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Free issue of MICHAEL


in order not to move the gold unnecessarily and risk

attack from robbers. In other words, a buyer, rather

than getting a gold plate from the goldsmith to pay

off his creditor, gave to the latter the goldsmith’s

receipt, giving him a claim to the gold kept in the


Instead of the gold, it was the goldsmith’s re-

ceipts which were changing hands. For as long as

there was only a limited number of sellers and buy-

ers, it was not a bad system. It was easy to follow

the journey of the receipts.

The gold lender

The goldsmith soon made a

discovery, which was to affect

mankind far more than the memor-

able journey of Christopher Colum-

bus himself. He learned, through

experience, that nearly all of the

gold that was left with him for safe-

keeping remained untouched in

his vault. Barely more than one-in-

ten of the owners of this gold ever

took it out of the vault to conduct

their business transactions, instead

using their receipts for the purpose.

The thirst for gain, the longing to become rich

faster than by means of the jeweller’s tools, sharp-

ened the mind of our man, and he made a daring

gesture. “Why,” he said to himself, “would I not be-

come a gold lender ! ” A lender, mind you, of gold

which did not belong to him. And since he did not

possess a righteous soul like that of Saint Eligius (or

St. Eloi, the master of the mint of French kings Clo-

taire II and Dagobert I, in the seventh century), he

hatched and nurtured the idea. He refined the idea

even more: “To lend gold which does not belong

to me, at interest, needless to say ! Better still, my

dear master (was he talking to Satan? ), instead of

the gold, I will lend a receipt, and demand payment

of interest in gold; that gold will be mine, and my

clients’ gold will remain in my vaults to back up new


If you have some imagination, go back a few cen-

turies to a Europe already old, but not yet progres-

sive. In those days, money was not used much in

everyday business transactions. Most of those trans-

actions were simple direct exchanges, barter. How-

ever, the kings, the lords, the wealthy, and the big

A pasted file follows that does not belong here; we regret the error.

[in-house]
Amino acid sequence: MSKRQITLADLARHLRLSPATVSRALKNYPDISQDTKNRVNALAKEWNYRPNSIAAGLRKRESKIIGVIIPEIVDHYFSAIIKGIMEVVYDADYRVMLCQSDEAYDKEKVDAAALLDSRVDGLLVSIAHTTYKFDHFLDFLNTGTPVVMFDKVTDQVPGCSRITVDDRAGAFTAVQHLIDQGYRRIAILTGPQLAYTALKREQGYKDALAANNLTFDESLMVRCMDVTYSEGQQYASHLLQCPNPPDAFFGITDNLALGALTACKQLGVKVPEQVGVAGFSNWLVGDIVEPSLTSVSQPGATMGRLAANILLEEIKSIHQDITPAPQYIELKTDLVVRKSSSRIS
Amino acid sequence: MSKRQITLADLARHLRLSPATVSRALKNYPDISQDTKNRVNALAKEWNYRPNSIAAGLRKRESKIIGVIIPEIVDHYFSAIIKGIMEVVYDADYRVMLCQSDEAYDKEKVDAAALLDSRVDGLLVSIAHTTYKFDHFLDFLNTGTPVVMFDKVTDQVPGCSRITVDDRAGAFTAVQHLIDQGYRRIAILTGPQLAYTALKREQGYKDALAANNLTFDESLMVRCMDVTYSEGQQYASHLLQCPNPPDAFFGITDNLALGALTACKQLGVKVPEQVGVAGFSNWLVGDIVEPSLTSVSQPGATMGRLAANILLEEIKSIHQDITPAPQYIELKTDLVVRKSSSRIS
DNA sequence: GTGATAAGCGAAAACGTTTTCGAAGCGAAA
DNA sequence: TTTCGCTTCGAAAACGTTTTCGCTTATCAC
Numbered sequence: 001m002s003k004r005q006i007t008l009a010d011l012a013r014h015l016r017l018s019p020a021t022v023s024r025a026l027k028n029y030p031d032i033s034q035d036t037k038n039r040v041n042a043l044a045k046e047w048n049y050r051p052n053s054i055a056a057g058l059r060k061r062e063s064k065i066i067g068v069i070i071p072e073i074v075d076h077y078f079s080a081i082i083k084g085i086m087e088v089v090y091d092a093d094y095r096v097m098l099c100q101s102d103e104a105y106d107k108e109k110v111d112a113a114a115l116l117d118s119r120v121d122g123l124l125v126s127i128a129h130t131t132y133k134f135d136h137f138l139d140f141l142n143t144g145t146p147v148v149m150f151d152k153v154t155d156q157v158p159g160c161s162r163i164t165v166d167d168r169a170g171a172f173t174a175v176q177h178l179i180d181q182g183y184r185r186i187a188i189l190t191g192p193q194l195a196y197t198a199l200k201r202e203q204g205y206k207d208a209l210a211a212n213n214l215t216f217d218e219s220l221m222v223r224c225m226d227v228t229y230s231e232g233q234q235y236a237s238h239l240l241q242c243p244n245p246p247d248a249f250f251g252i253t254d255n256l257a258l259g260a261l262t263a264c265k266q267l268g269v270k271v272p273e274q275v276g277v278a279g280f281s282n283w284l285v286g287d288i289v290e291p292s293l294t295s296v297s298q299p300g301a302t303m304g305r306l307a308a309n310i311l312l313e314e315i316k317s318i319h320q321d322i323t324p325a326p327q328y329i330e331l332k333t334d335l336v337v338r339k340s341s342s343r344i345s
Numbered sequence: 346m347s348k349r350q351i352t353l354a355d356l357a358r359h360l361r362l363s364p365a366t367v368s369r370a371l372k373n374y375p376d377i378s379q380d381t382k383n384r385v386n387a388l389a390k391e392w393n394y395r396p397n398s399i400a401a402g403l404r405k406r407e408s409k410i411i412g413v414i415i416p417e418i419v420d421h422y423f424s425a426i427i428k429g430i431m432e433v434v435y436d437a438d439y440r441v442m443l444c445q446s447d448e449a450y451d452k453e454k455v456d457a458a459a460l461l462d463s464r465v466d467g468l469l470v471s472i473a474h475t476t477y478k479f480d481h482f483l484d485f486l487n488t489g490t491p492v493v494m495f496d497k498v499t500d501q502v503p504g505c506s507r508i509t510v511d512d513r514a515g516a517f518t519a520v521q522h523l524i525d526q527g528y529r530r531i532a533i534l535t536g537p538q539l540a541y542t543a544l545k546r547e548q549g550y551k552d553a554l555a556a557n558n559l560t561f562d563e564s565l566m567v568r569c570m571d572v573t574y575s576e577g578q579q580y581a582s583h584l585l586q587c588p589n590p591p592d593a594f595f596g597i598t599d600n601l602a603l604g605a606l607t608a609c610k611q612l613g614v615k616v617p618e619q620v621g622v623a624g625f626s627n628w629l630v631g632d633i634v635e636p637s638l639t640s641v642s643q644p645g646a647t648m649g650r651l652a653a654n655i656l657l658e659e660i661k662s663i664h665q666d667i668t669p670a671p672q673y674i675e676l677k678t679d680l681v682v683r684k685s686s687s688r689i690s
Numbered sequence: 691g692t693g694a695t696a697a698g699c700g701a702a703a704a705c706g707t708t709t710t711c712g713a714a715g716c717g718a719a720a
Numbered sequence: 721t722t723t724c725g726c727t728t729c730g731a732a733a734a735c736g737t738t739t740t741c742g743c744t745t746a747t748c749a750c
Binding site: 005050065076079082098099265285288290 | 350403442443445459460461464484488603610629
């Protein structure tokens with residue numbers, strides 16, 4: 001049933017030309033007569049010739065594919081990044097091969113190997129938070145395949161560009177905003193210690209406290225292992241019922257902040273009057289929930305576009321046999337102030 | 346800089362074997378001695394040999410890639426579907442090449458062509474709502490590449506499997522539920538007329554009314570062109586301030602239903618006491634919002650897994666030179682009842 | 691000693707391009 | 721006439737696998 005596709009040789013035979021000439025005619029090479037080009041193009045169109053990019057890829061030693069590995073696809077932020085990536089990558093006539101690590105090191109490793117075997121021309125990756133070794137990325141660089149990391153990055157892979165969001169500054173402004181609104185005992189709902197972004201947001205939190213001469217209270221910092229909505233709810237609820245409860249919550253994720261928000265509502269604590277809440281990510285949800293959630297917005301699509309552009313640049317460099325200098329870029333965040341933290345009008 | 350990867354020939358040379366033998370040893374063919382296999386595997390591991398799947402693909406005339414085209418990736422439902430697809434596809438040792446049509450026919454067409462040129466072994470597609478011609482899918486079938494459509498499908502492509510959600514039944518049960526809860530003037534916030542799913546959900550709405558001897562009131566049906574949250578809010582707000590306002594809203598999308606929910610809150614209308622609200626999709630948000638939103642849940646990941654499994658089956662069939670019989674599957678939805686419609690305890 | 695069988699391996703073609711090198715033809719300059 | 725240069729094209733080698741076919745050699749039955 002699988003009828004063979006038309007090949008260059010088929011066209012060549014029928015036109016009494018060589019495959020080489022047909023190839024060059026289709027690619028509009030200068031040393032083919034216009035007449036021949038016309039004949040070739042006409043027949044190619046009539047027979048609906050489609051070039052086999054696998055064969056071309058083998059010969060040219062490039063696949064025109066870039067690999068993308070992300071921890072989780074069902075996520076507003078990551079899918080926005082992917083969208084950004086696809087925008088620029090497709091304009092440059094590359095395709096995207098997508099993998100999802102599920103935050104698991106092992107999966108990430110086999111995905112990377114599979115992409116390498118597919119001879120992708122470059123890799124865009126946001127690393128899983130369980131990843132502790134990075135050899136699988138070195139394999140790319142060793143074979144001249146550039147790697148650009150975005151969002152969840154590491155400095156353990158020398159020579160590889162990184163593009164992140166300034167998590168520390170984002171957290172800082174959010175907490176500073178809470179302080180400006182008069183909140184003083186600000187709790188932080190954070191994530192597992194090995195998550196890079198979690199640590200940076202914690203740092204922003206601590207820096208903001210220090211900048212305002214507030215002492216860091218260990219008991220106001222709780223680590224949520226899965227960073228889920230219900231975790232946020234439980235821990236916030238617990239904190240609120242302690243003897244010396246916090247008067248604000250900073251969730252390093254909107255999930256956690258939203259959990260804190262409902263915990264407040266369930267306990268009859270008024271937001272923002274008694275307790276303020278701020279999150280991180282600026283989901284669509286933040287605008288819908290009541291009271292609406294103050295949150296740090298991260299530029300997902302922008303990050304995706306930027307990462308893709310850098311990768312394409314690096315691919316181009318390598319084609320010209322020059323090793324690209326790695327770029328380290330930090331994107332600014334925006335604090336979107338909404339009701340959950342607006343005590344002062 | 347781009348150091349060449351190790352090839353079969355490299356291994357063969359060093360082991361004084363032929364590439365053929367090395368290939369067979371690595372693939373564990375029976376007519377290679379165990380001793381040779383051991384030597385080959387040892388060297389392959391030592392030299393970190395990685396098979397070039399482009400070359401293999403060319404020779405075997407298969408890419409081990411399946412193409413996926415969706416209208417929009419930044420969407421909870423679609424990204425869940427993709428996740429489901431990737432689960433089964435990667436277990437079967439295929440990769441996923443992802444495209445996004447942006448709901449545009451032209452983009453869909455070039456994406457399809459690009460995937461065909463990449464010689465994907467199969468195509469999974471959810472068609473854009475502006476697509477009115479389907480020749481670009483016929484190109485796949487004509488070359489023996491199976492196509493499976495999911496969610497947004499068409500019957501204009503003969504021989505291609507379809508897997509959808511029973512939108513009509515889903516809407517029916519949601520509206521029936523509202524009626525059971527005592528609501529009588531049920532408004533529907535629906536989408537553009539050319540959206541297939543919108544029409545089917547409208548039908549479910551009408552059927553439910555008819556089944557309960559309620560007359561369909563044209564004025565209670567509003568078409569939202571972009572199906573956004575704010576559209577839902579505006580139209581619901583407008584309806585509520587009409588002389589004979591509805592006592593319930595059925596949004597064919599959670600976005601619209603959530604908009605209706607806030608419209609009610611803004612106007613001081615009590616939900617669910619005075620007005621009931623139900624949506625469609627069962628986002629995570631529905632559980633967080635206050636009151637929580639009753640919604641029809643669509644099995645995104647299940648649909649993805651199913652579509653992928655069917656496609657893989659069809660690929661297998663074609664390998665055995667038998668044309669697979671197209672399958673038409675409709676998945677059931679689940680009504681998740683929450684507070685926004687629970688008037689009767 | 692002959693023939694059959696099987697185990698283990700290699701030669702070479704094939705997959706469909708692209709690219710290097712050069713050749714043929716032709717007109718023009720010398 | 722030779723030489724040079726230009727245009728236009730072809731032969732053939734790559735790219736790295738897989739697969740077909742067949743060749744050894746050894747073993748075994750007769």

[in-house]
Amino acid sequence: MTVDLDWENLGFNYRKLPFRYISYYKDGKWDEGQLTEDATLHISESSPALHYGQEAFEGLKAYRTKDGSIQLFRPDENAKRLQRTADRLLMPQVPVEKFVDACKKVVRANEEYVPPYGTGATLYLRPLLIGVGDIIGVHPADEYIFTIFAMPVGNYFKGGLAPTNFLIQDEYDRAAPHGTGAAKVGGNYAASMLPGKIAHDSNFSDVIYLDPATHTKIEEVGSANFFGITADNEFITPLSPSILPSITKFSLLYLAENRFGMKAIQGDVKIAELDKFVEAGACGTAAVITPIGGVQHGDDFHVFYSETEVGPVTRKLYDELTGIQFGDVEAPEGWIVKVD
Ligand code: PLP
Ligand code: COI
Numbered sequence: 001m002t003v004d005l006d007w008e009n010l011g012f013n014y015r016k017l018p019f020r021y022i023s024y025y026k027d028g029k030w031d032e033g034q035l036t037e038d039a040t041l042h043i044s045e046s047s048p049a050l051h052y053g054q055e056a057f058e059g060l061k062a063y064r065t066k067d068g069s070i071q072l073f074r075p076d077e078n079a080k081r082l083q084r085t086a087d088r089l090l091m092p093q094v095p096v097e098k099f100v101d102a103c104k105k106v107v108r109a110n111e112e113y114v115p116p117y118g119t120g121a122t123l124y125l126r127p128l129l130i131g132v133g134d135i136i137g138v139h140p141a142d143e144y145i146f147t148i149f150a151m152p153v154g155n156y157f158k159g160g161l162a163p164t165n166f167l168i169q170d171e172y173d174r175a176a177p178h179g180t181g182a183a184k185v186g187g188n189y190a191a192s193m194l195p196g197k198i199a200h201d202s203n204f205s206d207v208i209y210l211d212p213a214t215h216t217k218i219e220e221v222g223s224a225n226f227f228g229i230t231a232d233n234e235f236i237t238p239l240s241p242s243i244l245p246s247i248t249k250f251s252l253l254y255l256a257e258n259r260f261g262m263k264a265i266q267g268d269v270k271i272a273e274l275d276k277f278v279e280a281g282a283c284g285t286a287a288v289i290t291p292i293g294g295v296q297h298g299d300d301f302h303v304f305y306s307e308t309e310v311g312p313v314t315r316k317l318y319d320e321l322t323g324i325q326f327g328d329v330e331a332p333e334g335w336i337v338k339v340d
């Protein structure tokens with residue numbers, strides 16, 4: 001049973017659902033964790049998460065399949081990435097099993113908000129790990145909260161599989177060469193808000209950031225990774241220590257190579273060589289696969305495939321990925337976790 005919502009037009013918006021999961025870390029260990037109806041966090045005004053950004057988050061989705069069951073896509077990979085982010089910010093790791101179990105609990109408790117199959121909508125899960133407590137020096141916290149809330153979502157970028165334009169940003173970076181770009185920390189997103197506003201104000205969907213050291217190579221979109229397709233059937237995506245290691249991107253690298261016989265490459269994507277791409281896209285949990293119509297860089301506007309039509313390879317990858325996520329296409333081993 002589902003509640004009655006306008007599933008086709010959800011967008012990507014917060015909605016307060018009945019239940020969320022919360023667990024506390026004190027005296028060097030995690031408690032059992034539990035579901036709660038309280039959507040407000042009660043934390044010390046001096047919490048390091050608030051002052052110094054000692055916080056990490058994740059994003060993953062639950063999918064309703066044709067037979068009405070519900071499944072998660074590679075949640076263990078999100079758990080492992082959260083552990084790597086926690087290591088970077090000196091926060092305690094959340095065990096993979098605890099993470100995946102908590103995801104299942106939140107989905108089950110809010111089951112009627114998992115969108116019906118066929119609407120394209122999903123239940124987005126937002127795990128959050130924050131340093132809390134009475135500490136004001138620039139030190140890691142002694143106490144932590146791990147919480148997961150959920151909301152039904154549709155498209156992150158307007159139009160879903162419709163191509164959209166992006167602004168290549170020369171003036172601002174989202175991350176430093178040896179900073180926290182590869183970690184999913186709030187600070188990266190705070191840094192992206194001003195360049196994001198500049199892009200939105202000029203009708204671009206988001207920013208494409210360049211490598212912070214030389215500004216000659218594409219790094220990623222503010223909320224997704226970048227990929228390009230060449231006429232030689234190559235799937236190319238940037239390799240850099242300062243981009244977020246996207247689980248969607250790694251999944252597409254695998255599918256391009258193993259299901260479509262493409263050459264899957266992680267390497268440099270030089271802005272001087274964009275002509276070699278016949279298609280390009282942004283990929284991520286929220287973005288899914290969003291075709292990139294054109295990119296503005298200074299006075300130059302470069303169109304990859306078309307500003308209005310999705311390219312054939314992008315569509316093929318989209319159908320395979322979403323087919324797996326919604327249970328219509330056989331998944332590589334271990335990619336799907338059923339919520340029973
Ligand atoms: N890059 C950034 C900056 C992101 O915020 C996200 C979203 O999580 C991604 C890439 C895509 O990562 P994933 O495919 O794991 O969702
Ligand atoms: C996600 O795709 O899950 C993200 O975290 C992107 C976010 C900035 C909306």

merchants owned gold, and used it to finance their

armies’ expenses, or to purchase foreign products.

However, the wars between lords

or nations, and armed robberies, were

causing the gold and the diamonds of

the wealthy to fall into the hands of

robbers. So the owners of gold, who

had become very nervous, made it

a habit to entrust their treasures for

safekeeping to the goldsmiths who,

because of the precious metal they

worked with, had very well protected

vaults. The goldsmith received the

gold, gave a receipt to the depositor,

and took care of the gold, charging

a fee for this service. Of course, the

owner could claim his gold, all or in

part, whenever he felt like it.

The merchant leaving for Paris or Marseille,

or travelling from Troyes, France, to Amsterdam,

could provide himself with gold to make his pur-

chases. But here again, there was danger of being

attacked along the road; he then convinced his sell-

er in Marseille or Amsterdam to accept, rather than

metal, a signed receipt attesting his claim to part of

the treasure on deposit at the goldsmith’s in Paris or

Troyes. The goldsmith’s receipt bore witness to the

reality of the funds.

It also happened that the supplier, in Amster-

dam or elsewhere, managed to get his own gold-

smith in London or Geneva to accept, in return for

transportation services, the signed receipt that he

had received from his French buyer. In short, little

by little, the merchants began to exchange among

themselves these receipts rather than the gold itself,

The goldsmith who became a banker – A true story


Louis Even

“The only thing that will correct it is the one

thing that is sacrosanct in the media, in education,

in politics, and, yes, even in our social circles. The

only thing that will correct it is to strip private com-

panies (banks) of their power to create money as

debt at interest, and to adopt a method of money

creation whereby the United States Treasury cre-

ates money as credit !

“This issue is the key issue to the financial fu-

ture of our nation and world! This chicanery is

practiced throughout the world! We must turn an

entrenched, centuries old financial establishment

on its ear ! Read about it. Study it. Understand it.

Talk about it. Then raise some hell ! ”

The best way

to do all that is to get people around you to sub-

scribe to the “Michael” Journal !

Alain Pilote